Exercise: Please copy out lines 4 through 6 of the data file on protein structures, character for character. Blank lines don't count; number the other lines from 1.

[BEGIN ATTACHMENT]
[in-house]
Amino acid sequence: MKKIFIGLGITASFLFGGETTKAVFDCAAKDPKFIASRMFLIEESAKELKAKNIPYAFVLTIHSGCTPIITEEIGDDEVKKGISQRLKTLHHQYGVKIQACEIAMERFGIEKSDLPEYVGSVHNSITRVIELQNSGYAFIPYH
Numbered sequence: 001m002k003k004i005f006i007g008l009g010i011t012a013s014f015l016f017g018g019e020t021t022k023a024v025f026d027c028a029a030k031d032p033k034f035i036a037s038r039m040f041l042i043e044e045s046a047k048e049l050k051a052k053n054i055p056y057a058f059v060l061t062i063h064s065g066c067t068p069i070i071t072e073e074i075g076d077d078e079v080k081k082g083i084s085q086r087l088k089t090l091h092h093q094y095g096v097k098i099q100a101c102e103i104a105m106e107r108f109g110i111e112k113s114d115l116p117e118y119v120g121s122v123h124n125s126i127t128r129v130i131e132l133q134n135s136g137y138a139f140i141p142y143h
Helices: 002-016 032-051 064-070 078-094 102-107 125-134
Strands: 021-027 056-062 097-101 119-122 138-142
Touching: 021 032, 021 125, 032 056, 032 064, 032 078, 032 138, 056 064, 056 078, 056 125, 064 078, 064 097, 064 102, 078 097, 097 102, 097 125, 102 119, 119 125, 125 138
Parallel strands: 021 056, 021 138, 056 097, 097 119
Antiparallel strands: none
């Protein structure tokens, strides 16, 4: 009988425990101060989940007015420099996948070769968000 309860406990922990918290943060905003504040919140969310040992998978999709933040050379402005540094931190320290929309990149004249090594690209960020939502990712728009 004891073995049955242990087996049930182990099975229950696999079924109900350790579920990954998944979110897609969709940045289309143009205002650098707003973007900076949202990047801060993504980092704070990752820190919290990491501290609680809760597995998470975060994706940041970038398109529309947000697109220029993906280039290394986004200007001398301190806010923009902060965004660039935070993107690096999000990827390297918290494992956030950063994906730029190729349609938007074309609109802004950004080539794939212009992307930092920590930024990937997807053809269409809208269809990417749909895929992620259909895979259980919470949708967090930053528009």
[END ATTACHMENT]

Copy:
Helices: 002-016 032-051 064-070 078-094 102-107 125-134
Strands: 021-027 056-062 097-101 119-122 138-142
Touching: 021 032, 021 125, 032 056, 032 064, 032 078, 032 138, 056 064, 056 078, 056 125, 064 078, 064 097, 064 102, 078 097, 097 102, 097 125, 102 119, 119 125, 125 138